The word gluten originates from a Latin word meaning glue, so in actuality, gluten is the "glue" which holds foods together. It gives bread its shape and texture, thickens soups and stews. The main sources of gluten are wheat, rye, and barley. Gluten is found in a wide variety of foods which makes it difficult to avoid. However, it is not altogether impossible.
Gluten is the main cause of celiac disease. Celiac Disease is an autoimmune disease that affects the small intestine. When a person with Celiac Disease consumes products containing gluten, the body treats gluten as a foreign invader. The fibers of the small intestine which are responsible for absorbing the nutrients are attacked. Therefore, the body is unable to absorb any nutrients resulting in malnutrition.
According to the Celiac Disease Foundation, this disease affects about one of every 100 people worldwide. Celiac disease not only affects the digestive system. If conditions are not treated, it can evolve into other problems such as Type I diabetes, anemia, migraine headaches, and epilepsy.
Celiac disease is not the only worry that comes with eating gluten. Gluten sensitivity can cause almost as much trouble as full-blown celiac disease. Symptoms include diarrhea, painful bones and joints, bloating, stomach ache and fatigue. It is possible to have gluten sensitivity and not be medically diagnosed with celiac disease.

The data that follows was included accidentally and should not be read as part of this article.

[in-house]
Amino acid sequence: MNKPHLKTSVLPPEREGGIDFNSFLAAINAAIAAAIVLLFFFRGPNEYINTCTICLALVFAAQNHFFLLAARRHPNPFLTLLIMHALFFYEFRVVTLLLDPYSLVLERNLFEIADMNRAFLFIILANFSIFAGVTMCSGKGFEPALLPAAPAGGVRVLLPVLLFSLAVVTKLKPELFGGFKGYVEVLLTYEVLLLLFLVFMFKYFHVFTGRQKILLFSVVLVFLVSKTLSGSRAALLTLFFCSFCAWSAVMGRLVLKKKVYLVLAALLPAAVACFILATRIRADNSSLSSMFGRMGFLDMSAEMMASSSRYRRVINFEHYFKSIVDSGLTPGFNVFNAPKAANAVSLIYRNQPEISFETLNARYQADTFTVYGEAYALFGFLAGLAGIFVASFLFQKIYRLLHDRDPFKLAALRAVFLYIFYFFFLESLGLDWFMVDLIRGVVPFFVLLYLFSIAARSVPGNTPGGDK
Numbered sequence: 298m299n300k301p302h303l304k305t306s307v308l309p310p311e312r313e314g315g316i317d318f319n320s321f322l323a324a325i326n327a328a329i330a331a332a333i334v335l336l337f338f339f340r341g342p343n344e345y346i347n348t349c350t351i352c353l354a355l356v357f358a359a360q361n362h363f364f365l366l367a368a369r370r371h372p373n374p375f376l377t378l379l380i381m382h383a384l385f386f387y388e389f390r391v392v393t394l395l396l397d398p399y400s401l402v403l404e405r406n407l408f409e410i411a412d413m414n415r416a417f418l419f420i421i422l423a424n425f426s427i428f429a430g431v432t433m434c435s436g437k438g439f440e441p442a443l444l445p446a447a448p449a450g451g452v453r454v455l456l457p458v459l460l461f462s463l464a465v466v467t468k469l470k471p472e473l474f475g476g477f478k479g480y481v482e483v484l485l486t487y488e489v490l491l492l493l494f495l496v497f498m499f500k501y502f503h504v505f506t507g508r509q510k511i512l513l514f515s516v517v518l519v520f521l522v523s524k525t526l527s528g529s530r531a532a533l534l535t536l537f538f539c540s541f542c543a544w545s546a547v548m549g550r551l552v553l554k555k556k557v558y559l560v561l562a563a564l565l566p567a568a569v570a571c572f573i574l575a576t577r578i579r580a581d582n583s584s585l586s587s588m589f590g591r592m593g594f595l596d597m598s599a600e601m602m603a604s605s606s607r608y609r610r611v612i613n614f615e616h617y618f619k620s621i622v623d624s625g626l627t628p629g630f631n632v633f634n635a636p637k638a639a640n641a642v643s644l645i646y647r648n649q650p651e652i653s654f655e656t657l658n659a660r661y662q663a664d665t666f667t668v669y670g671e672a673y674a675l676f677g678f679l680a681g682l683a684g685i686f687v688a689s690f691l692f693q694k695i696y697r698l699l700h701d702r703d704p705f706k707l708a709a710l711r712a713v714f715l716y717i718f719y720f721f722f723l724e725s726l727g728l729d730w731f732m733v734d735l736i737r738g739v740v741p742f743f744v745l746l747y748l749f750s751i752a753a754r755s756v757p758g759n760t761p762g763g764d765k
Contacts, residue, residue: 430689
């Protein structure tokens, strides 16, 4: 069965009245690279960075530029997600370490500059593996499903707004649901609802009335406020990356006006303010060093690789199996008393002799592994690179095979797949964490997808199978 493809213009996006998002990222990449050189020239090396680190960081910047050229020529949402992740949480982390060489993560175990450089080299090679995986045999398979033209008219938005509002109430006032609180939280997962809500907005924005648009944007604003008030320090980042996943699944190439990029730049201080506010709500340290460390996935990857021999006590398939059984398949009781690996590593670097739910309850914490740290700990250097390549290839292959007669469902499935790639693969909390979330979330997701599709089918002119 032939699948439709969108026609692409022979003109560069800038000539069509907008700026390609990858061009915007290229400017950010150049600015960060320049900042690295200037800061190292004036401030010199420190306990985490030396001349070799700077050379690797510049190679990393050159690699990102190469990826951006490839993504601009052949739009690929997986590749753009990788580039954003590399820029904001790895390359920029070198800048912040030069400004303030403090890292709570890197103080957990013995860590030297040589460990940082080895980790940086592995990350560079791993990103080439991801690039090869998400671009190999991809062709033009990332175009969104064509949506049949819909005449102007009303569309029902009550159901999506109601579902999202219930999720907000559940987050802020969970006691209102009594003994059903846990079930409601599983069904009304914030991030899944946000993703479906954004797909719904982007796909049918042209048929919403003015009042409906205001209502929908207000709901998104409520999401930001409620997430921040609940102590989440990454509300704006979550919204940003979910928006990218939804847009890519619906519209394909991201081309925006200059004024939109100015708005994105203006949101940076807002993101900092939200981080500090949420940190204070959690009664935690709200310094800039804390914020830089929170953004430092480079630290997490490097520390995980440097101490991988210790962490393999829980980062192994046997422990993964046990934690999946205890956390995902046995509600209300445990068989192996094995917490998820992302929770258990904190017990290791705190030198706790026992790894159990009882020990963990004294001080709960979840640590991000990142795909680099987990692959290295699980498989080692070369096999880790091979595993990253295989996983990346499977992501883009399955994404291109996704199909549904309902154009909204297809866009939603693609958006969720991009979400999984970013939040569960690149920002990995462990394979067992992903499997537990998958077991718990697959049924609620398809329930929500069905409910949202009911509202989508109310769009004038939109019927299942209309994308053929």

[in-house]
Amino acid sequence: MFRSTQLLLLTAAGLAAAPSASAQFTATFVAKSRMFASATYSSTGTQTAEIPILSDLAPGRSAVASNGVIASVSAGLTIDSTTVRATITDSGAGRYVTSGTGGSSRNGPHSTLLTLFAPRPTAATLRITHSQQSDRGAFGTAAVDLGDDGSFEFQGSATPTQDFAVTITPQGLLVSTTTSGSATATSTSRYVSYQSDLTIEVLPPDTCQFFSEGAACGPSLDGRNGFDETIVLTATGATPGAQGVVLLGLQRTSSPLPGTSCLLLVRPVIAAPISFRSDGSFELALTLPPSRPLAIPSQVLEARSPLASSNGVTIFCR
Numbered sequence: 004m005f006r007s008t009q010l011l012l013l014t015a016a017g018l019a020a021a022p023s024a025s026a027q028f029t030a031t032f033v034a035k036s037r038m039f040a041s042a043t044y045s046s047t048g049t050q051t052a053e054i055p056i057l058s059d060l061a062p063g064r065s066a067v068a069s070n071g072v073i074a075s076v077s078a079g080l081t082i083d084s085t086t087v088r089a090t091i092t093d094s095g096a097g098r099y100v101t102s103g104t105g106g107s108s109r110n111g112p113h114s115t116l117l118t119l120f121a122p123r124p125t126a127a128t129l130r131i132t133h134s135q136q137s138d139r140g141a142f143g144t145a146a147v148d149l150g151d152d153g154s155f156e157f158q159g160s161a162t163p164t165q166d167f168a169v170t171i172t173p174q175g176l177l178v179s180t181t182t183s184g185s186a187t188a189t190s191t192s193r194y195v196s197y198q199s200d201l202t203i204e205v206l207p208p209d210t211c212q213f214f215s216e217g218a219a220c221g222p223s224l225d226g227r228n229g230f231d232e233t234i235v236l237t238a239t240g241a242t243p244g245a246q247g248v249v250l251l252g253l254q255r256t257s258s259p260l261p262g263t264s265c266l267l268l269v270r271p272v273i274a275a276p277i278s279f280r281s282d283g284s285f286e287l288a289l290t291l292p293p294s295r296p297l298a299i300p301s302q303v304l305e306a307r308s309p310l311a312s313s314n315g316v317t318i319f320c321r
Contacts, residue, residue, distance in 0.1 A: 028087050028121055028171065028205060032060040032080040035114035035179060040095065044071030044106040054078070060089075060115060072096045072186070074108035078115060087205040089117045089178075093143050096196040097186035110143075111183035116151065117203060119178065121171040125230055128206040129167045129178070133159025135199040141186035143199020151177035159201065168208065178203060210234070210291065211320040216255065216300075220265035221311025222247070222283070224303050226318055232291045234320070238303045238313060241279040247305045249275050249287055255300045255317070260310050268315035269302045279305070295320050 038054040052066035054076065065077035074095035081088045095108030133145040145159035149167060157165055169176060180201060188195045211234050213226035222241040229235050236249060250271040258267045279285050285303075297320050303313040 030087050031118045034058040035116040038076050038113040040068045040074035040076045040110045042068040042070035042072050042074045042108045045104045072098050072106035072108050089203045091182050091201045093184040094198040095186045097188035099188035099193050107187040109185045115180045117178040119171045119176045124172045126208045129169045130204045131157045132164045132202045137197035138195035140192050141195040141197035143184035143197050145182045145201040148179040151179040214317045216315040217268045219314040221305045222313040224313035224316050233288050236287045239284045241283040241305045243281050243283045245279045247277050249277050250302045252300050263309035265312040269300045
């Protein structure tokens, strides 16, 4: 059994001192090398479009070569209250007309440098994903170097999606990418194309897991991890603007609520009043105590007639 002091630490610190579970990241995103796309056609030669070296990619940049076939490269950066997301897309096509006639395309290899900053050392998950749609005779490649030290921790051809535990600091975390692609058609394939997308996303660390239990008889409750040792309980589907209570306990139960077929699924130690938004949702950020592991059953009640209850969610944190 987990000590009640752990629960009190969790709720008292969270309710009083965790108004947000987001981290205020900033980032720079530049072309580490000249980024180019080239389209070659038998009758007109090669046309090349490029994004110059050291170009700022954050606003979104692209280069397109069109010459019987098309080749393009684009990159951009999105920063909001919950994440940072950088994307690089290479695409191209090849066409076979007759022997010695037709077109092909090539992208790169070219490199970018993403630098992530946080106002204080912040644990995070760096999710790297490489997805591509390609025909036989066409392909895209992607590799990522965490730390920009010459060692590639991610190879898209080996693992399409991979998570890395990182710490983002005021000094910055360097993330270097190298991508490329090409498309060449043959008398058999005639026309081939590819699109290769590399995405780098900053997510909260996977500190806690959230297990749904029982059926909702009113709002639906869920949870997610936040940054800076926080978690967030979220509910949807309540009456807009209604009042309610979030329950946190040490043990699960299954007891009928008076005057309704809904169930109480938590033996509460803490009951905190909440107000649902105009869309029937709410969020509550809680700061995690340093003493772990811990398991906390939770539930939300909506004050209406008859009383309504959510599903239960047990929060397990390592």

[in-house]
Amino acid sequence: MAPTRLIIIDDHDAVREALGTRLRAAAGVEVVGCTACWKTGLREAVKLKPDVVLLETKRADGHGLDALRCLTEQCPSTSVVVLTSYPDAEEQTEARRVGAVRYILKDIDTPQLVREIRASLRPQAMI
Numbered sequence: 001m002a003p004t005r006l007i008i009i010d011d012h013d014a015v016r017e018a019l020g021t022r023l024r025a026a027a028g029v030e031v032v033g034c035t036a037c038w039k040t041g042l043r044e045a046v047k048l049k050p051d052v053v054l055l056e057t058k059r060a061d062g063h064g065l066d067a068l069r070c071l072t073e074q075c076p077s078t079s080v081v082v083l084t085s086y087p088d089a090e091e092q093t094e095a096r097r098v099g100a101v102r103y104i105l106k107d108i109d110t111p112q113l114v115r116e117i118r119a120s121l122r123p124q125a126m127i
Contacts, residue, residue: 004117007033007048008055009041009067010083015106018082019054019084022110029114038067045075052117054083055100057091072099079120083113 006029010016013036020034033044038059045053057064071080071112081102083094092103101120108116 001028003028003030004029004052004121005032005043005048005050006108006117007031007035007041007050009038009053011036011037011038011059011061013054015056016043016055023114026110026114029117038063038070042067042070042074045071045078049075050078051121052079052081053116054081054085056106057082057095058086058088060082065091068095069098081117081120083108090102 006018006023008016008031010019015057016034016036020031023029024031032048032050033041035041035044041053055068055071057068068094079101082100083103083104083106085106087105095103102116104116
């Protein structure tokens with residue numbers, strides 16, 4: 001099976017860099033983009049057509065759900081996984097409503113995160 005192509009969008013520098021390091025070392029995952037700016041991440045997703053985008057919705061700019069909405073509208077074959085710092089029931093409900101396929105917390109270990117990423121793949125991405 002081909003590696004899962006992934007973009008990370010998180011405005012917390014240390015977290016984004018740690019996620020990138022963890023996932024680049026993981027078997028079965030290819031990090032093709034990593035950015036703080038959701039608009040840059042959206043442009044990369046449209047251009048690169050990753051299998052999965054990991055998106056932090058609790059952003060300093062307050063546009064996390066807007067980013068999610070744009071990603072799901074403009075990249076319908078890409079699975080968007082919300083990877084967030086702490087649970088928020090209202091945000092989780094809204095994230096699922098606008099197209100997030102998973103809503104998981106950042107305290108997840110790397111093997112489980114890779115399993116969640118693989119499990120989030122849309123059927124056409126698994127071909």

Consuming gluten can lead to impaired neurological activity. In fact, there is a neurological disorder associated with consuming gluten called cerebellar ataxia, which impairs the part of the brain responsible for coordinating motor control. In addition, gluten can also lead to autism, epilepsy, schizophrenia, all which can be improved by decreasing gluten consumption.
Obviously eliminating bread is the best way of avoiding gluten. However, gluten is in just about every food product from salad dressing to soy sauce. It is not impossible to avoid gluten. Stick to vegetables and fruits. A great way of getting these foods into the diet is by juicing. Select juices that have green vegetables and fruits as their only ingredients. In addition to more fruits and vegetables, choose lean cuts of meat such as beef and poultry which are also excellent gluten-free choices. Avoid ground beef as there are loaded with fillers, which contains gluten. One bad thing about adopting a gluten-free diet is the lack of vitamins and minerals such as iron, vitamin B and fibre.
A great way to solve this problem is by replacing pasta with gluten-free, nutrient rich grains like quinoa, amaranth and brown rice. In addition to being gluten-free these grains are packed with protein, iron and fibre.
Testing for Celiac Disease is easy. Anyone who suspects the presence of Celiac Disease should get tested as soon as possible so as not to worsen the condition. Here are the different types of tests for Celiac Disease.
•IgA anti-gliadin antibodies
•IgG anti-gliadin antibodies
•IgA anti-endomysial antibodies
•Tissue transglutaminase antibody (IgA and IgG in questionable cases)
•Total IgA antibodies
• HLA DQ2 and DQ8 genotyping for celiac disease (used occasionally to detect genetic susceptibility).
•Intestinal biopsy (rarely needed if gluten antibodies are positive-based on my interpretation of the recent study)